Re: Excessive stall times on ext4 in 3.9-rc2

From: Jan Kara
Date: Thu Apr 11 2013 - 17:33:44 EST

On Thu 11-04-13 14:35:12, Ted Tso wrote:
> On Thu, Apr 11, 2013 at 06:04:02PM +0100, Mel Gorman wrote:
> > > If we're stalling on lock_buffer(), that implies that buffer was being
> > > written, and for some reason it was taking a very long time to
> > > complete.
> > >
> >
> > Yes.
> >
> > > It might be worthwhile to put a timestamp in struct dm_crypt_io, and
> > > record the time when a particular I/O encryption/decryption is getting
> > > queued to the kcryptd workqueues, and when they finally squirt out.
> > >
> >
> > That somewhat assumes that dm_crypt was at fault which is not unreasonable
> > but I was skeptical as the workload on dm_crypt was opening a maildir
> > and mostly reads.
> Hmm... well, I've reviewed all of the places in the ext4 and jbd2
> layer where we call lock_buffer(), and with one exception[1] we're not
> holding the the bh locked any longer than necessary. There are a few
> places where we grab a spinlock or two before we can do what we need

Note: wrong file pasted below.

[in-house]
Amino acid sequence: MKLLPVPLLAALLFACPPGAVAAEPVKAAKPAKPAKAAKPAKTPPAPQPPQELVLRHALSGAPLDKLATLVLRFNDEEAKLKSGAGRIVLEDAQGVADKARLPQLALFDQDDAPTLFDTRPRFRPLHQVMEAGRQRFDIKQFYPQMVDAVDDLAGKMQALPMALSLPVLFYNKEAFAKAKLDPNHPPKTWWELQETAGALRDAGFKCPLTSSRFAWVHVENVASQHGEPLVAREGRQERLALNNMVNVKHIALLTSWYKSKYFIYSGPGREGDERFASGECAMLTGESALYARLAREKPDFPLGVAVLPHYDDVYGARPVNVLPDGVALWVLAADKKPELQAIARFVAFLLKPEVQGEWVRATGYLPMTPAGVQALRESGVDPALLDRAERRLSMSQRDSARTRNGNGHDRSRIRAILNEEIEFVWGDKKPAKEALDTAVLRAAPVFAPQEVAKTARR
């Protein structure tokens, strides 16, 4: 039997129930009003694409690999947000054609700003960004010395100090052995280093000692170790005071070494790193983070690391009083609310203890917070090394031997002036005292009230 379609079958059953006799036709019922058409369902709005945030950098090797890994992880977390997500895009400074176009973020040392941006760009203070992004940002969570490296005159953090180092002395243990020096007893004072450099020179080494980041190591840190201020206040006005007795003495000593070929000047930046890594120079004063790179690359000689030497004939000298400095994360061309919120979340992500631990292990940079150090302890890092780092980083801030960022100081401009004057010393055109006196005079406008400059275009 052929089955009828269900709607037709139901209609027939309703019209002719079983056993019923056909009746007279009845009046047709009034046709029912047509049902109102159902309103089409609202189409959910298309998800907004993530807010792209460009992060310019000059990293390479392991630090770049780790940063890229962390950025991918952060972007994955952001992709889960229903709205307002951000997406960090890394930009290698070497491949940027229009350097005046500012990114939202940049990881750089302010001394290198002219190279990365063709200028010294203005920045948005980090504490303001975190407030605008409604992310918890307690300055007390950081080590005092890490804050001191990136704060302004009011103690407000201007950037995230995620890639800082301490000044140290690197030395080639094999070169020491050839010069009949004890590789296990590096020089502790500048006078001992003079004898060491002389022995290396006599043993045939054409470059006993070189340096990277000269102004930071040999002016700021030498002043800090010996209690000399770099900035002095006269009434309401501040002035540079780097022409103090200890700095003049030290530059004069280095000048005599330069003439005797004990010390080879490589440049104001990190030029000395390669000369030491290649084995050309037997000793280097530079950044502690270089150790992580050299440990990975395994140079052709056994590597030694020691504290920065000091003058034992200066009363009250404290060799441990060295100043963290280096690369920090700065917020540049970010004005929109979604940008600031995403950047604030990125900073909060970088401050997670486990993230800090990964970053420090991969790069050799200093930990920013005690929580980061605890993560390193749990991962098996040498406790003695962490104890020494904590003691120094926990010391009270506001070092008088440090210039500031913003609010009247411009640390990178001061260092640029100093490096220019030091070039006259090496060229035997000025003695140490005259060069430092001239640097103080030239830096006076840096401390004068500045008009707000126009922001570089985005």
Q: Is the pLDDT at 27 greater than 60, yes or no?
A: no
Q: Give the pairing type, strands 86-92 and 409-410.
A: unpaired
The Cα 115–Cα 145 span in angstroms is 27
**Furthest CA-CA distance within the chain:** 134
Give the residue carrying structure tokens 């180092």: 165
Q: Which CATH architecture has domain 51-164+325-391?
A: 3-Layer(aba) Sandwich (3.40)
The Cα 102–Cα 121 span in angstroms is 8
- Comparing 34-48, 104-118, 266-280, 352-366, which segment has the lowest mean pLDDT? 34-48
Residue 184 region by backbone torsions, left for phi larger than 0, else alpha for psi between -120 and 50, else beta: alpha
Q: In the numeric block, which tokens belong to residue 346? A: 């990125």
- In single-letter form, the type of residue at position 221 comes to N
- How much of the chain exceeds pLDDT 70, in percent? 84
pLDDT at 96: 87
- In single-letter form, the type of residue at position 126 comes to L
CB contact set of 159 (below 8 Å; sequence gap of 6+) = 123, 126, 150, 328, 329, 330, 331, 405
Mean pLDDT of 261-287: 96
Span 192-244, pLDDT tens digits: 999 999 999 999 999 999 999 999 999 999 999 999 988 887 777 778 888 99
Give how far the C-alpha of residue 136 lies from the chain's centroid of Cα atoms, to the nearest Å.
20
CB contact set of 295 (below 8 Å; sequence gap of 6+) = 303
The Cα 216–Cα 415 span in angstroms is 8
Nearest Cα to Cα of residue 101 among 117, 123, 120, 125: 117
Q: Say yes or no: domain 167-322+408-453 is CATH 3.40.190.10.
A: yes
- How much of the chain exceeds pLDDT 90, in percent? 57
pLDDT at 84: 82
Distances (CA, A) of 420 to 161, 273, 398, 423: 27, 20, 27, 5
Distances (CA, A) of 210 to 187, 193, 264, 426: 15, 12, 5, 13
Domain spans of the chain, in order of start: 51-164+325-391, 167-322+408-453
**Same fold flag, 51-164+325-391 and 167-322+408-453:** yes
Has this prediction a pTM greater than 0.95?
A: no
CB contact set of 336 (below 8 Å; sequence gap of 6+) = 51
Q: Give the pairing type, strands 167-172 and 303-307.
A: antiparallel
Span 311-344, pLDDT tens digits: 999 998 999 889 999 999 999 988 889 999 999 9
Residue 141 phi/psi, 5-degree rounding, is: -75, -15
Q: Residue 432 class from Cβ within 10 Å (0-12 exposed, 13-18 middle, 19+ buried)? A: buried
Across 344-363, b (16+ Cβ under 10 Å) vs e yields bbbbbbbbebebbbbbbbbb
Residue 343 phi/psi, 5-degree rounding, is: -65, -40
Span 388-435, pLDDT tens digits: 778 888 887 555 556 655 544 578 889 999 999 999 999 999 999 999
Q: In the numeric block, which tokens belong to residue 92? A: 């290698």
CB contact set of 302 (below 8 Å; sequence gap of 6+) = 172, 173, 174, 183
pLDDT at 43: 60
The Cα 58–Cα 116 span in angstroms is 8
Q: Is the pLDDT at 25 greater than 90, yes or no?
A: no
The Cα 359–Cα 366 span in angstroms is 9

> to do and then release the lock'ed buffer head, but the only time we
> hold the bh locked for long periods of time is when we submit metadata
> blocks for I/O.
> [1] There is one exception in ext4_xattr_release_block() where I
> believe we should move the call to unlock_buffer(bh) before the call
> to ext4_free_blocks(), since we've already elevanted the bh count and
> ext4_free_blocks() does not need to have the bh locked. It's not
> related to any of the stalls you've repored, though, as near as I can
> tell (none of the stack traces include the ext4 xattr code, and this
> would only affect external extended attribute blocks).
> Could you code which checks the hold time of lock_buffer(), measuing
> from when the lock is successfully grabbed, to see if you can see if I
> missed some code path in ext4 or jbd2 where the bh is locked and then
> there is some call to some function which needs to block for some
> random reason? What I'd suggest is putting a timestamp in buffer_head
> structure, which is set by lock_buffer once it is successfully grabbed
> the lock, and then in unlock_buffer(), if it is held for more than a
> second or some such, to dump out the stack trace.
> Because at this point, either I'm missing something or I'm beginning
> to suspect that your hard drive (or maybe something the block layer?)
> is simply taking a long time to service an I/O request. Putting in
> this check should be able to very quickly determine what code path
> and/or which subsystem we should be focused upon.
I think it might be more enlightening if Mel traced which process in
which funclion is holding the buffer lock. I suspect we'll find out that
the flusher thread has submitted the buffer for IO as an async write and
thus it takes a long time to complete in presence of reads which have
higher priority.

Jan Kara <jack@xxxxxxx>
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